(Photo: Flickr / Jamelle Bouie)

Earlier this month, an overwhelming majority of the House passed the Protect and Serve Act of 2018, which could lead to harsher penalties for people who commit violence against police than for those who hurt civilians. A Senate version of the bill would go even further, making law enforcement officers a “protected class” and categorizing violence against them as a “hate crime.”

Supporters have called it the “Blue Lives Matter” bill, in reference to the pro-police slogan often hurled back at Black Lives Matter activists protesting police violence. Critics call it a solution in search of a problem—and a rhetorical attack against the Black Lives Matter movement.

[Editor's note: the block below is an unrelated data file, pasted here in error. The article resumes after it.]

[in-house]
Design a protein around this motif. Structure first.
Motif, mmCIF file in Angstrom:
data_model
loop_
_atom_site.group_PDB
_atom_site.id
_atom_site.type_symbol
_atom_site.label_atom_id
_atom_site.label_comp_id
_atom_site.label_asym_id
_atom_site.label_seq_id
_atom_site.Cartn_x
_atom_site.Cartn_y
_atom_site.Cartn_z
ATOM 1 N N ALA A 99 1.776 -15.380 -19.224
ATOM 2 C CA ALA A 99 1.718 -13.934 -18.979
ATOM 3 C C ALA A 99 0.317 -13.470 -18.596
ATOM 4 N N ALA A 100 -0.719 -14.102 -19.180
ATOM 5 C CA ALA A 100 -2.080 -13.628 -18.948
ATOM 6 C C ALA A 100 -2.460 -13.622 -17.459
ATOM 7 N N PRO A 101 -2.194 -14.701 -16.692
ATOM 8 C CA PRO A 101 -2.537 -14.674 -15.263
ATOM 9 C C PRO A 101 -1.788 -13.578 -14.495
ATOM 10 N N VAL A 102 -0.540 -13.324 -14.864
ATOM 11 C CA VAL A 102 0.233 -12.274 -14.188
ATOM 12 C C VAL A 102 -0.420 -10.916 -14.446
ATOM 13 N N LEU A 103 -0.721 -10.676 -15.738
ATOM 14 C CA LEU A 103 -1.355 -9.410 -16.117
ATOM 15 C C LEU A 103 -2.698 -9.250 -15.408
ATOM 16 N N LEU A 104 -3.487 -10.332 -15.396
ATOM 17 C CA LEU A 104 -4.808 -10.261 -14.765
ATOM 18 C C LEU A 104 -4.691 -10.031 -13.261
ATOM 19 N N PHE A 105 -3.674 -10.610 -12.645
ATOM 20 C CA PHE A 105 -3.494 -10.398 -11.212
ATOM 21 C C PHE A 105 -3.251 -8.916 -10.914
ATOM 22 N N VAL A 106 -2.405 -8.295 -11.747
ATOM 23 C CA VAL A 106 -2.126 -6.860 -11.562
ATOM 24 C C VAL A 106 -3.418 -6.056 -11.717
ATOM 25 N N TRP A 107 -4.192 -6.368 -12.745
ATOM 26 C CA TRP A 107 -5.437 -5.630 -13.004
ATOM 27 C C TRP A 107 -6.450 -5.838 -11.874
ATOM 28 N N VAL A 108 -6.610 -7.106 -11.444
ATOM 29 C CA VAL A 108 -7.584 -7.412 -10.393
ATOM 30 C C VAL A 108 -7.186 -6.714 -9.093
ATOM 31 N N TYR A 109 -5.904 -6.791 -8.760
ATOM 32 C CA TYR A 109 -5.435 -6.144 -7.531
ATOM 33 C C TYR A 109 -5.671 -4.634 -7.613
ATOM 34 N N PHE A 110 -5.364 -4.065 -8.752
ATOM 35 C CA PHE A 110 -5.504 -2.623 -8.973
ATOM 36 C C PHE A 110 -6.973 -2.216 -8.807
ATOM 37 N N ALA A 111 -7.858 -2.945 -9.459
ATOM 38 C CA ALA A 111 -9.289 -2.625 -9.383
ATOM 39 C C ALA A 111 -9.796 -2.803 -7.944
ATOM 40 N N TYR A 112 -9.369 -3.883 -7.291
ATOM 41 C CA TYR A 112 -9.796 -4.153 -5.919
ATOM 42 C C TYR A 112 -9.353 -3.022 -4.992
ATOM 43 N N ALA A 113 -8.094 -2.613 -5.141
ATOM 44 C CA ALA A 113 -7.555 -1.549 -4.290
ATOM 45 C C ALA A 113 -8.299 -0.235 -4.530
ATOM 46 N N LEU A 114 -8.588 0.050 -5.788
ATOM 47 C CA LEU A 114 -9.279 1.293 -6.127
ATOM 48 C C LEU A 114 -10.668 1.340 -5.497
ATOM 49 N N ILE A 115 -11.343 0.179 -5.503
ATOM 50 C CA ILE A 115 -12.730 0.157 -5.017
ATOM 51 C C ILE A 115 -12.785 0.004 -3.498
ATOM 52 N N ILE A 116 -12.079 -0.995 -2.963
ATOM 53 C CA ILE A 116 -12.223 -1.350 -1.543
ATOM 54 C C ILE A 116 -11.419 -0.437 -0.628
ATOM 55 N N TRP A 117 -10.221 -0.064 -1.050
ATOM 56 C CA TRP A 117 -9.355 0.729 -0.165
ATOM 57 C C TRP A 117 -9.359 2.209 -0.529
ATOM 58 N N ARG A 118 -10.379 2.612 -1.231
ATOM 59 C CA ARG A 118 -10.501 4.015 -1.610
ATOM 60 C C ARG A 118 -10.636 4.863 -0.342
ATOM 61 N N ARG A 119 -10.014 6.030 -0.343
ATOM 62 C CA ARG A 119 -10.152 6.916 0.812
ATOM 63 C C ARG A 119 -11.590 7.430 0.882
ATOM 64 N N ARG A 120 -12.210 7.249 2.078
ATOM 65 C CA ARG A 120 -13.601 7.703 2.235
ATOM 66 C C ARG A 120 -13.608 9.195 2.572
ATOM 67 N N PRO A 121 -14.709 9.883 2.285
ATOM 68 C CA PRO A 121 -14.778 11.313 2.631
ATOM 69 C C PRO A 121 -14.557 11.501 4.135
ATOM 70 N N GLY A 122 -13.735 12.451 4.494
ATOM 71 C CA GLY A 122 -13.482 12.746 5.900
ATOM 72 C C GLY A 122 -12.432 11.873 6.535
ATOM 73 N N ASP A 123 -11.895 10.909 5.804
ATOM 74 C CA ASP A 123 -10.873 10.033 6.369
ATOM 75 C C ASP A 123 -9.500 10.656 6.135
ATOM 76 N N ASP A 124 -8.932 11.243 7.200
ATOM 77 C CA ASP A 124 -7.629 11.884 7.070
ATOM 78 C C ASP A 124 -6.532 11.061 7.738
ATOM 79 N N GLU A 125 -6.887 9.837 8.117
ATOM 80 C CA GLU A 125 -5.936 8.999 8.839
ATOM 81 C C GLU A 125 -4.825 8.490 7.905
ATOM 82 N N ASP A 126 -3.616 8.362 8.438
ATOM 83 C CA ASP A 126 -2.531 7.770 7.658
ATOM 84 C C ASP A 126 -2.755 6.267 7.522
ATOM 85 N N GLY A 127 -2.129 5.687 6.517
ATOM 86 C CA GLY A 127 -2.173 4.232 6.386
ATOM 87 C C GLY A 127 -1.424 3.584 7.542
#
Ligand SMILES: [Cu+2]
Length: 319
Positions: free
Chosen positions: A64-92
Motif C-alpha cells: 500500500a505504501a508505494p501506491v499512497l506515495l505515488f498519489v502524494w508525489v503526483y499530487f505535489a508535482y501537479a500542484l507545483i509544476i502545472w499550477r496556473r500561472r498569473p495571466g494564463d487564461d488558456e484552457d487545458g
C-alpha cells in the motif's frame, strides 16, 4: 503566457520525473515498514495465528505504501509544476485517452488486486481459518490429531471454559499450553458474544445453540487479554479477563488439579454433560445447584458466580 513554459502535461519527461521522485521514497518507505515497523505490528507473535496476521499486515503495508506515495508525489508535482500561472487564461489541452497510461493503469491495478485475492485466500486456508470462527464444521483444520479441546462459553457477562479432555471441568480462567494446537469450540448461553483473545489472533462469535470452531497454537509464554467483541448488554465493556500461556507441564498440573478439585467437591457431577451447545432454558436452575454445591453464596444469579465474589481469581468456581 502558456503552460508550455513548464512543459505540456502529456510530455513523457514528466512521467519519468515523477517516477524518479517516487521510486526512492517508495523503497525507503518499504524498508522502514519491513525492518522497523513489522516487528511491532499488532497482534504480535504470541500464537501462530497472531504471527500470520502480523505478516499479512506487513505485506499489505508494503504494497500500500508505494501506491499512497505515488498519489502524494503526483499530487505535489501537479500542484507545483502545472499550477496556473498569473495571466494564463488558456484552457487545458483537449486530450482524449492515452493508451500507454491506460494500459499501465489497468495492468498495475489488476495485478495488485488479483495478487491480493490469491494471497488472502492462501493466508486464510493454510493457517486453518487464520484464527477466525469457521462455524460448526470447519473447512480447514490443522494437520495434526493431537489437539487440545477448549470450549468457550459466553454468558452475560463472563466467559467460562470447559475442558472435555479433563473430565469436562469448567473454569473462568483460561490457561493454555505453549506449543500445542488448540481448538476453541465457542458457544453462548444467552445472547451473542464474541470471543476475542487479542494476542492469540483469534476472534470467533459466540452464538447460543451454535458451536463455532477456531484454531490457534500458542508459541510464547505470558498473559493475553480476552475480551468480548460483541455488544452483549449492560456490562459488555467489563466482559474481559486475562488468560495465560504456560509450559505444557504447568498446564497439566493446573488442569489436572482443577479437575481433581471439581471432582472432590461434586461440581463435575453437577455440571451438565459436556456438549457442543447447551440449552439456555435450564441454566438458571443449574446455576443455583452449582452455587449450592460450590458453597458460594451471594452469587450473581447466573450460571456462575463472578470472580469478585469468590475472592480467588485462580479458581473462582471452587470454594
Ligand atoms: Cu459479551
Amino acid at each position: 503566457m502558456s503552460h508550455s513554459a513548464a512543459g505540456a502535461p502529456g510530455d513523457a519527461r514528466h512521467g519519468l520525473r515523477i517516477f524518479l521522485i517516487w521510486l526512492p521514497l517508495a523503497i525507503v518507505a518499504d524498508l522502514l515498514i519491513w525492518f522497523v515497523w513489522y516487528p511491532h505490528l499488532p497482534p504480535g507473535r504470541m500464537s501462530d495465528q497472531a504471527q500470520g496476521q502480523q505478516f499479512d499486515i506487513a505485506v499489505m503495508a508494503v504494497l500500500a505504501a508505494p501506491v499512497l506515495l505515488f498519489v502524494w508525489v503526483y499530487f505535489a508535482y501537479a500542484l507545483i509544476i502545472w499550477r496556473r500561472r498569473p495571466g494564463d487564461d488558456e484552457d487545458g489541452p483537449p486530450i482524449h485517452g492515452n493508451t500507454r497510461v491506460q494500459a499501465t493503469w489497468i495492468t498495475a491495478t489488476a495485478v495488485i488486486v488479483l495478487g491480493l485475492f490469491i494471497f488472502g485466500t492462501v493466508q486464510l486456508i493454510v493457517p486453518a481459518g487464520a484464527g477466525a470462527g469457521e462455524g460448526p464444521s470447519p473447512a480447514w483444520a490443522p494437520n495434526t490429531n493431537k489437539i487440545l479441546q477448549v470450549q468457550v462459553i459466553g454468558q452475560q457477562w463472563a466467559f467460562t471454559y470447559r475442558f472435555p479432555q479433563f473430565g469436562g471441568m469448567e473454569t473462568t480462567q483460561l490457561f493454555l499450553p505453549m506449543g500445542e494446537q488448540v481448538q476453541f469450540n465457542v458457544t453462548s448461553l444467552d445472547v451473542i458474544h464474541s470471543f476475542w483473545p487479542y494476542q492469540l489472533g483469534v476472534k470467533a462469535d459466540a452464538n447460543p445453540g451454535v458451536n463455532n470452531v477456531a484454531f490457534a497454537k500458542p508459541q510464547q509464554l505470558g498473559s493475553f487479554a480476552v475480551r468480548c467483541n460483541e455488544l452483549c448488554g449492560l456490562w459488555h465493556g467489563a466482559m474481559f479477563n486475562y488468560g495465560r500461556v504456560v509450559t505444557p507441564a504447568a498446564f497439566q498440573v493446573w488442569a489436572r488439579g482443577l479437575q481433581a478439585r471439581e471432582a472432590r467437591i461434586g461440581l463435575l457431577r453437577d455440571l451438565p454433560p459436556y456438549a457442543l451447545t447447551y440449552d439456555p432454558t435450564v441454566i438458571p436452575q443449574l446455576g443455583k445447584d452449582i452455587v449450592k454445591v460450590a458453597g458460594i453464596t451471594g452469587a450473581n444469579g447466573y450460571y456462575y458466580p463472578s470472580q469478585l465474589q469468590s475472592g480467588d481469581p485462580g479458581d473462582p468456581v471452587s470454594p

Unfortunately—and ironically—majorities in the congressional black and progressive caucuses joined Republicans in backing the House bill and perpetuating the damaging myth that cops are under attack.

In 2017, firearm-related killings of police officers actually declined from 2016. In fact, 2017 marked one of the safest years in decades for on-duty police officers. If we judge a job’s danger by fatalities, then loggers, fishing workers, pilots, roofers, trash collectors, iron and steel workers, truck drivers, farmers, construction site supervisors, and ground maintenance workers all have more dangerous jobs than cops.

Read more at Fortune.

Karen Dolan directs the Criminalization of Poverty Project at the Institute for Policy Studies.

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